Iowa Chronic Care Consortium (ICCC) and HealthTeamWorks Have Merged




Iowa Chronic Care Consortium (ICCC) finalized the merge with HealthTeamWorks on January 1, 2024. Cecilia L. Saffold is HealthTeamWorks' Chief Executive Officer (CEO). This change is an exciting move forward as unified nonprofit organizations offering a suite of aligned population health, community well-being and organization development services. In this case, the whole is greater than its parts as HealthTeamWorks' approach to healthcare delivery redesign and ICCC's expertise in Clinical Health Coach and Community Health Worker training round out the key components healthcare organizations need to deliver better patient care and succeed in alternative payment models. HealthTeamWorks’ vision, mission and strategies remain unchanged. 


Our Impact

Our Vision
Health. Equity. Resilience.

Our Mission
Collaboratively transform healthcare through performance improvement, organization development, and training resulting in a strengthened community and culturally responsive high-quality care.


We will continue to offer the following trainings previously offered by Iowa Chronic Care Consortium.


Clinical Health Coach Training 

Clinical Health Coach® Training equips health professionals with specific skills sets to become clinical health coaches. A clinical health coach partners with patients to achieve successful outcomes that make a pronounced impact. The goal is to develop skills sets that build trusted patient relationships that in turn foster behavioral changes based on the patient’s expressed interests along their care journey.

We have witnessed the highest levels of satisfaction among those Clinical Health Coaching in environments where they are engaged with patients who have chronic conditions. As for nurses, medical assistants, physicians, pharmacists, dieticians, and social workers, they develop key skills to effectively engage with patients and provide motivation to help them meet their expressed care goals.

For more information, please go to:

Community Health Worker Professional Skills Training 

A Community Health Worker is an umbrella term as this role is as diverse as the communities, as diverse as the communities, sites, and responsibilities this profession assumes. CHWs focus on improving individual and community health and health access. They forge connections where people live, learn, work, worship, and heal – from the inner city to rural communities. Community Health Worker Professional Skills training develops skills for new and seasoned Community Health Workers and other front-line professionals committed to advancing community health.

For more information, please go to:

History of Iowa Chronic Care Consortium

  • The Iowa Chronic Care Consortium was a voluntary collaboration of public, private, academic, and government organizations whose purpose was to develop capacity throughout Iowa to effectively manage the most prevalent chronic diseases affecting Iowans.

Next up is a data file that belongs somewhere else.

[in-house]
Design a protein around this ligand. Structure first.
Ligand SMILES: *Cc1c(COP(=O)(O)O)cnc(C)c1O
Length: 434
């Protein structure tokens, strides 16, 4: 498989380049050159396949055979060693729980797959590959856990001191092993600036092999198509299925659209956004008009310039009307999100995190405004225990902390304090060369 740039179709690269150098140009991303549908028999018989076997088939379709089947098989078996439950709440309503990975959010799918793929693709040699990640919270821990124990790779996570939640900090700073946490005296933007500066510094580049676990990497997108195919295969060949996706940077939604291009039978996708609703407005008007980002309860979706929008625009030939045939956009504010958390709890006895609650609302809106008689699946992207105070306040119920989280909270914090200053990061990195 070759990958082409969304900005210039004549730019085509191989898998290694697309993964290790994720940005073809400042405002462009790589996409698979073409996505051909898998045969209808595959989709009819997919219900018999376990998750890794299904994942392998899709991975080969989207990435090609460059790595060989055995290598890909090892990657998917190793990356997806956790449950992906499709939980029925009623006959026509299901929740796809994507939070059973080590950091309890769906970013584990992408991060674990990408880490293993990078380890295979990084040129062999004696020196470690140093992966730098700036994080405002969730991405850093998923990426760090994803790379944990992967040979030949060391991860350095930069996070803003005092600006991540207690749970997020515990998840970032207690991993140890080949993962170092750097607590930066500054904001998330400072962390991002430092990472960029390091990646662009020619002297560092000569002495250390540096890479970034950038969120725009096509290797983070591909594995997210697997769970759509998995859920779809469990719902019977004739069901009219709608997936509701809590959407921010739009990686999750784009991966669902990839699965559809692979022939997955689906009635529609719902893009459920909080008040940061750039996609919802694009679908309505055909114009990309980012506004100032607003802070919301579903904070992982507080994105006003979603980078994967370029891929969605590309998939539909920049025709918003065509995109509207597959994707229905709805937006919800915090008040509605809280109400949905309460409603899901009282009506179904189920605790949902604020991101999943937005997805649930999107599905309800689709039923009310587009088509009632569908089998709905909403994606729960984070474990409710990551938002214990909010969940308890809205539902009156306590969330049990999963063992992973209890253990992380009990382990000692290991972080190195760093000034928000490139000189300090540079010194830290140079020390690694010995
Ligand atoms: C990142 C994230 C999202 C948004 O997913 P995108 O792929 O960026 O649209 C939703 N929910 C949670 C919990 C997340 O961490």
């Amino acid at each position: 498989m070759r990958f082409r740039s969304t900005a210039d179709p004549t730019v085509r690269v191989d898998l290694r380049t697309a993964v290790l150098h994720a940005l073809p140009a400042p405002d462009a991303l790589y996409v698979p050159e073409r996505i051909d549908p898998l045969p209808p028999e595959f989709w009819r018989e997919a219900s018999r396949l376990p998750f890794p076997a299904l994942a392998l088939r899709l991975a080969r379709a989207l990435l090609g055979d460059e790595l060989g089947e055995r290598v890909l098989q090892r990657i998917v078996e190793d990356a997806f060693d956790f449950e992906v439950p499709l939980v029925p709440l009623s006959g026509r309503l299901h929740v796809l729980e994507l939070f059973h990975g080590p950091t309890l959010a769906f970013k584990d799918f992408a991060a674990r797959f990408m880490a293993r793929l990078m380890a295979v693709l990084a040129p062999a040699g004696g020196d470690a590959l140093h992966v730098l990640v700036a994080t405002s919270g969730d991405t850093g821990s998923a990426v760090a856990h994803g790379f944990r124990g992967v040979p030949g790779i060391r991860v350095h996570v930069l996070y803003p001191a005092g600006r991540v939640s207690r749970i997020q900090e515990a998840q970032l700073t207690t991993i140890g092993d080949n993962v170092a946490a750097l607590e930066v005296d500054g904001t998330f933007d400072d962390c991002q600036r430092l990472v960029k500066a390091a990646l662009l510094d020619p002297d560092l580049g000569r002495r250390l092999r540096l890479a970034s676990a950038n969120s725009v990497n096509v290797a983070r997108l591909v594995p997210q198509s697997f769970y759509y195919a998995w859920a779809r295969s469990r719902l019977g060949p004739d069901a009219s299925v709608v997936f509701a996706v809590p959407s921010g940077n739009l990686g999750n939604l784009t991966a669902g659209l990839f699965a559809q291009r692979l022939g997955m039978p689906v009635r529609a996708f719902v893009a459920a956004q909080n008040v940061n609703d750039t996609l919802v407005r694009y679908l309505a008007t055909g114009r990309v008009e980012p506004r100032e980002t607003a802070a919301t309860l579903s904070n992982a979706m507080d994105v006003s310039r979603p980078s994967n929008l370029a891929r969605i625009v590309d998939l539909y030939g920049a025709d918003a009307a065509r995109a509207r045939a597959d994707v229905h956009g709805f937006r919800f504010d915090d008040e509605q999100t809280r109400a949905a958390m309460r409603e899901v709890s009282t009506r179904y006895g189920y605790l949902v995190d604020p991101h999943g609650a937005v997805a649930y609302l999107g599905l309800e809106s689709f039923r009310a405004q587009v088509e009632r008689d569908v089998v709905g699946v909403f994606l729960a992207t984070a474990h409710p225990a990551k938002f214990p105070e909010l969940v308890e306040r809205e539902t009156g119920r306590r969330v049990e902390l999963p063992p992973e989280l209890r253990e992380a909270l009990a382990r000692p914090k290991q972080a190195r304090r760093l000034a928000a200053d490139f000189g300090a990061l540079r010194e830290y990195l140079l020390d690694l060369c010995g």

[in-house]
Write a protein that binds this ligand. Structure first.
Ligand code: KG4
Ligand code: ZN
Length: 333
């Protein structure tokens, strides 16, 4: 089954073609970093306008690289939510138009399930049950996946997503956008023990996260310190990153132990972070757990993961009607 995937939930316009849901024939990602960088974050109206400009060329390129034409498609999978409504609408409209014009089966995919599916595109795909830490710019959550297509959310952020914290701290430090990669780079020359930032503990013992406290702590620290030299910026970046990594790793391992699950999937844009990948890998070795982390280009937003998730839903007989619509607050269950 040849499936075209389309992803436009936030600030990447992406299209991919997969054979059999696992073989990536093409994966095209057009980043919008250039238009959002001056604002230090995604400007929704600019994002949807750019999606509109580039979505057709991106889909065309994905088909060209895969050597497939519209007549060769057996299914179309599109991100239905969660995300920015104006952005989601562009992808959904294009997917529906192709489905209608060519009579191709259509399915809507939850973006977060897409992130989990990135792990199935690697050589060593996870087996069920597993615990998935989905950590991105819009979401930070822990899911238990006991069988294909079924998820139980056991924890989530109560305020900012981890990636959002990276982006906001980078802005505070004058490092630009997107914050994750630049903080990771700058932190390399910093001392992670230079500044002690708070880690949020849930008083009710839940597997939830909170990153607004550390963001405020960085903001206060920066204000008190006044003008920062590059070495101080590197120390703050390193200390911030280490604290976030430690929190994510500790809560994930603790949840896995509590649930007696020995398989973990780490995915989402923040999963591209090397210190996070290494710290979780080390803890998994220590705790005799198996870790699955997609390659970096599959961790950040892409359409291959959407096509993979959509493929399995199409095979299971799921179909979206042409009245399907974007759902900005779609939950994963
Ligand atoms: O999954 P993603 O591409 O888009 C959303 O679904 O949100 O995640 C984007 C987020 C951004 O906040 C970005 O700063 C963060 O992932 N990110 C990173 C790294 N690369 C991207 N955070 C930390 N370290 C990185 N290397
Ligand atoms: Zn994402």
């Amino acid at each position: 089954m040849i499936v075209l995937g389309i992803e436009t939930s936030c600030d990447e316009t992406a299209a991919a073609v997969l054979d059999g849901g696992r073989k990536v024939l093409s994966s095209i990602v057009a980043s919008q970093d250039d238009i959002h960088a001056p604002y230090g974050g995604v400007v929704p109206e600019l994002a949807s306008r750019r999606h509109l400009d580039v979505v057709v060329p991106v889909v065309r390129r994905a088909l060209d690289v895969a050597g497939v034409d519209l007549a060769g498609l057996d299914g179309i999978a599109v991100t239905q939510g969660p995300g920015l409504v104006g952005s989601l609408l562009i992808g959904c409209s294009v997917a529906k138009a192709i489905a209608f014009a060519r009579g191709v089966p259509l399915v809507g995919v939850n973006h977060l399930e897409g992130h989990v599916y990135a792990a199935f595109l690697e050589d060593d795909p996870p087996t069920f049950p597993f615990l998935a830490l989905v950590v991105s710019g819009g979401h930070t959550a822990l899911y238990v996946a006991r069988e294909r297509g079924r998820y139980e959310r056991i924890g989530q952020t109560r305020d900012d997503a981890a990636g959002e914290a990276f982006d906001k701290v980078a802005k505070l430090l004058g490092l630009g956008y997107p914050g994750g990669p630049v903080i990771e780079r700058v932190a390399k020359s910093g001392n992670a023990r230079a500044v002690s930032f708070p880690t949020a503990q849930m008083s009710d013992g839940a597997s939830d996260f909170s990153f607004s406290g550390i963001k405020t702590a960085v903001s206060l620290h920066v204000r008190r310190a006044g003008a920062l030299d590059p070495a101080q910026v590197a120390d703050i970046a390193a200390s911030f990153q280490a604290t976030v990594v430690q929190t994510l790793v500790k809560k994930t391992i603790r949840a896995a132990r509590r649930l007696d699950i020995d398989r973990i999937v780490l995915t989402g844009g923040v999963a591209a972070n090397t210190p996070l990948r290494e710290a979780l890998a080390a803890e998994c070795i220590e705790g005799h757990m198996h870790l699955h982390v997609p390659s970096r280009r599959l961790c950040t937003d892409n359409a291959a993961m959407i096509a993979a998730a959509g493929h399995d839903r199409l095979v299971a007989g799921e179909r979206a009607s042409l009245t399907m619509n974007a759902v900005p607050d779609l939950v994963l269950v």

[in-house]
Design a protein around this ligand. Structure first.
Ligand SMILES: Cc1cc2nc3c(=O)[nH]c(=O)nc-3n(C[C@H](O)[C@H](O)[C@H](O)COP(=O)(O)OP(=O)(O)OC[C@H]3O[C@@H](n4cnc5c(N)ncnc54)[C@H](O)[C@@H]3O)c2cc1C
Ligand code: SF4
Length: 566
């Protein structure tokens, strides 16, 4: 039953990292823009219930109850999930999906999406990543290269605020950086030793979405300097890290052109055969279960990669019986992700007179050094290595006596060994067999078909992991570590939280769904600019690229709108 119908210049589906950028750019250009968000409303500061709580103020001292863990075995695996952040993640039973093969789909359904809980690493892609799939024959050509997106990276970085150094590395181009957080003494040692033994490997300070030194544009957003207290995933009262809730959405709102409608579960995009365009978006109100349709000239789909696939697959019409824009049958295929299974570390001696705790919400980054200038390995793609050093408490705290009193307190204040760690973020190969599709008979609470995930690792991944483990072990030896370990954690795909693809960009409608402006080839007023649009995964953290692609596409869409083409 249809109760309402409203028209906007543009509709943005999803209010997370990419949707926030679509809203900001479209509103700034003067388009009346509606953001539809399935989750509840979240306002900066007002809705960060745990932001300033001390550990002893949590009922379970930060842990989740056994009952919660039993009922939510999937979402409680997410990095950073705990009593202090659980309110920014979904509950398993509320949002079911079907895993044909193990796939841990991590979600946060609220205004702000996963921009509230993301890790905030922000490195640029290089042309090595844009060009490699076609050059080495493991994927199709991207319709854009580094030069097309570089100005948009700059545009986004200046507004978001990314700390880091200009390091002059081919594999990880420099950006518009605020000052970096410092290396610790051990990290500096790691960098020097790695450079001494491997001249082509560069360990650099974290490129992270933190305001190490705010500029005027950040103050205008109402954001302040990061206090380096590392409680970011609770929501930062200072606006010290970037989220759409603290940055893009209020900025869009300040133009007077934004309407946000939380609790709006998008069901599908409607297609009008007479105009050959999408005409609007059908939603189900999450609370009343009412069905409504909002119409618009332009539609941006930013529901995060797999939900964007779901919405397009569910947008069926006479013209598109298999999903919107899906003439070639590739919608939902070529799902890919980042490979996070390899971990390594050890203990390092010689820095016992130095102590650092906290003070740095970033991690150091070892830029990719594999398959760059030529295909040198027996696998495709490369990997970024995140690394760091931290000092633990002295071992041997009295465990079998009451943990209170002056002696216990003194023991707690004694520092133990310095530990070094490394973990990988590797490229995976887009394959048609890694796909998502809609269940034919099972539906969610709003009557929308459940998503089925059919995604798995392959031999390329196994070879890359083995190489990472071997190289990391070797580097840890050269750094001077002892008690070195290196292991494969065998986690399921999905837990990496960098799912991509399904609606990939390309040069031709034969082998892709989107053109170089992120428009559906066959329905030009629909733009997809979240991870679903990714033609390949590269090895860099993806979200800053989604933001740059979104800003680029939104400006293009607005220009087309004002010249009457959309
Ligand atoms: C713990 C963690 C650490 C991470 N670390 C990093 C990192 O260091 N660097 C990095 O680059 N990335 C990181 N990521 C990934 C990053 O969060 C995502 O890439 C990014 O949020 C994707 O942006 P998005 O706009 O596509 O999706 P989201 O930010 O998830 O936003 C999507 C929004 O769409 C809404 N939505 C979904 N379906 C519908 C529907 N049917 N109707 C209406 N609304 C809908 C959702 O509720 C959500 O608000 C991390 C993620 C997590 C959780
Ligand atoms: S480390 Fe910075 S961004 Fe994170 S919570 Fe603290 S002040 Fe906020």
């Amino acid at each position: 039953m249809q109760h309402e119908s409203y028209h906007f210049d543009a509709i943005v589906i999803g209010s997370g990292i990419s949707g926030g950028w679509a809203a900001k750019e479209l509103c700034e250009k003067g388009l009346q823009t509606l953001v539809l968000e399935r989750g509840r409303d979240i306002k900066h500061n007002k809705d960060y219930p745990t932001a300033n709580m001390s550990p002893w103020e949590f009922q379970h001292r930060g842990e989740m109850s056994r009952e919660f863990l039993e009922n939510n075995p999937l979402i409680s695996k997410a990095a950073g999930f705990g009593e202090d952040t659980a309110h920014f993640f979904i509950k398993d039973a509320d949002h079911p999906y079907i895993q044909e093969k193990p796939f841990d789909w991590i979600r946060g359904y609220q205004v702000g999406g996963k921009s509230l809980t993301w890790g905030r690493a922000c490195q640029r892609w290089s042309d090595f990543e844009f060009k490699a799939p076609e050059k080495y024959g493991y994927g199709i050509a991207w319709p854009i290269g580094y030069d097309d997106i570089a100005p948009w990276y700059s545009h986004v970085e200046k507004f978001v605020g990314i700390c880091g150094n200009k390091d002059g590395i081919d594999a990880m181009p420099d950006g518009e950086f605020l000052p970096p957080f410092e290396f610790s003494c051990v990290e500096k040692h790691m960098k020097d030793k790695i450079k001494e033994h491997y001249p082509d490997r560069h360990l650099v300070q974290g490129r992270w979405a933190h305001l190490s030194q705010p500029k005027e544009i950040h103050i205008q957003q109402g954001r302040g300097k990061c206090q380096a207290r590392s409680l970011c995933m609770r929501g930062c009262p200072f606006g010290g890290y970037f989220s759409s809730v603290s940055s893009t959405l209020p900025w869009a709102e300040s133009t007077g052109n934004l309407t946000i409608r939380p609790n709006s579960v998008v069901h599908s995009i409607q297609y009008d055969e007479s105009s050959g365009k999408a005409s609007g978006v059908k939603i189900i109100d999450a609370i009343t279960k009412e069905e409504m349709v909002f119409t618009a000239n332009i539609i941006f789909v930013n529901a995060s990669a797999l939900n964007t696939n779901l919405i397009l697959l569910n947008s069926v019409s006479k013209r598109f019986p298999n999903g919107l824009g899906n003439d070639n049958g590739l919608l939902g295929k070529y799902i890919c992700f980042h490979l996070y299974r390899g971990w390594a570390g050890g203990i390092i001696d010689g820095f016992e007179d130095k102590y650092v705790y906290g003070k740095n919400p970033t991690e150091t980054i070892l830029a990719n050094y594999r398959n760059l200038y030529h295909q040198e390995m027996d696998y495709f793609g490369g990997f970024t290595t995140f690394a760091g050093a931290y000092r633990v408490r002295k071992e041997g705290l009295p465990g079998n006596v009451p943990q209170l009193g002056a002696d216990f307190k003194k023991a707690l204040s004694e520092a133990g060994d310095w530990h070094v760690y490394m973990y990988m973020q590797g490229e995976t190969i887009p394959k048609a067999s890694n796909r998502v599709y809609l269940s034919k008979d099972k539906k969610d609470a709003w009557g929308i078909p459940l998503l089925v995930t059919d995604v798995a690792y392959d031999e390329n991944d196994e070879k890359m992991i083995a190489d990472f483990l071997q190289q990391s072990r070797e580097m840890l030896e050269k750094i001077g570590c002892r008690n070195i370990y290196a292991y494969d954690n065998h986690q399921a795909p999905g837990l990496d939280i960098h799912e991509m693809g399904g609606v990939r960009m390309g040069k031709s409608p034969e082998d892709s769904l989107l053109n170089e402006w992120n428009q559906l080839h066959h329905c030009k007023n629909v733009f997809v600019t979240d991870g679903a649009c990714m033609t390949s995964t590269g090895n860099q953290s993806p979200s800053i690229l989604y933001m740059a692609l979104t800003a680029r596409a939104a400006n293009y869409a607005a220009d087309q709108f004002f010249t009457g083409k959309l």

In the summer of 2000 a group of providers, employers, associations, unions, medical professionals and state agencies in Iowa began exploring how obstacles to chronic disease management programs could be overcome. Their motivation reflected an overriding concern for improving the health of people in Iowa by giving greater attention to individuals with chronic diseases.


    Members of the consortium noted early on that Iowa’s rural demographics were an obstacle to certain individuals in accessing health care despite their obvious need. The prevalence of chronic diseases in Iowa along with the state’s aging demographics heightened the need for chronic disease management.


    Iowa needed chronic disease management due to its rural character, high prevalence of chronic disease, and increasing health care costs. With close relationships among payers, providers, and health plans, and a manageable system, there was no need to wait for a model from elsewhere.

  • With Iowa’s special opportunity to take a leadership role in chronic disease management, the Iowa Chronic Care Consortium was formed with a formal organizational meeting in June 2002. Initial funding came from private foundations, Des Moines University, the Iowa Department of Economic Development, and the Iowa Farm Bureau along with technical assistance from Iowa Health System and Mercy Health Network. Other partners who joined the effort included the Iowa United Auto Workers, the Iowa Area Development Group, the Iowa Diabetes Association, the Iowa Department of Elder Affairs, the Iowa Department of Human Services, the Iowa Department of Public Health, and other professional groups and physician leaders.


    Initial efforts involved research, planning, and designing chronic disease management strategies. Drawing upon research on telephony-based chronic disease management programs, the consortium envisioned that the telephone and videophones could be incorporated as program extenders, increasing access to health care for people in Iowa with chronic diseases. The goal was to develop strategies that would take programs directly to individuals' homes and places of business including rural participants whose access to health care was limited by reduced ambulation or lack of transportation.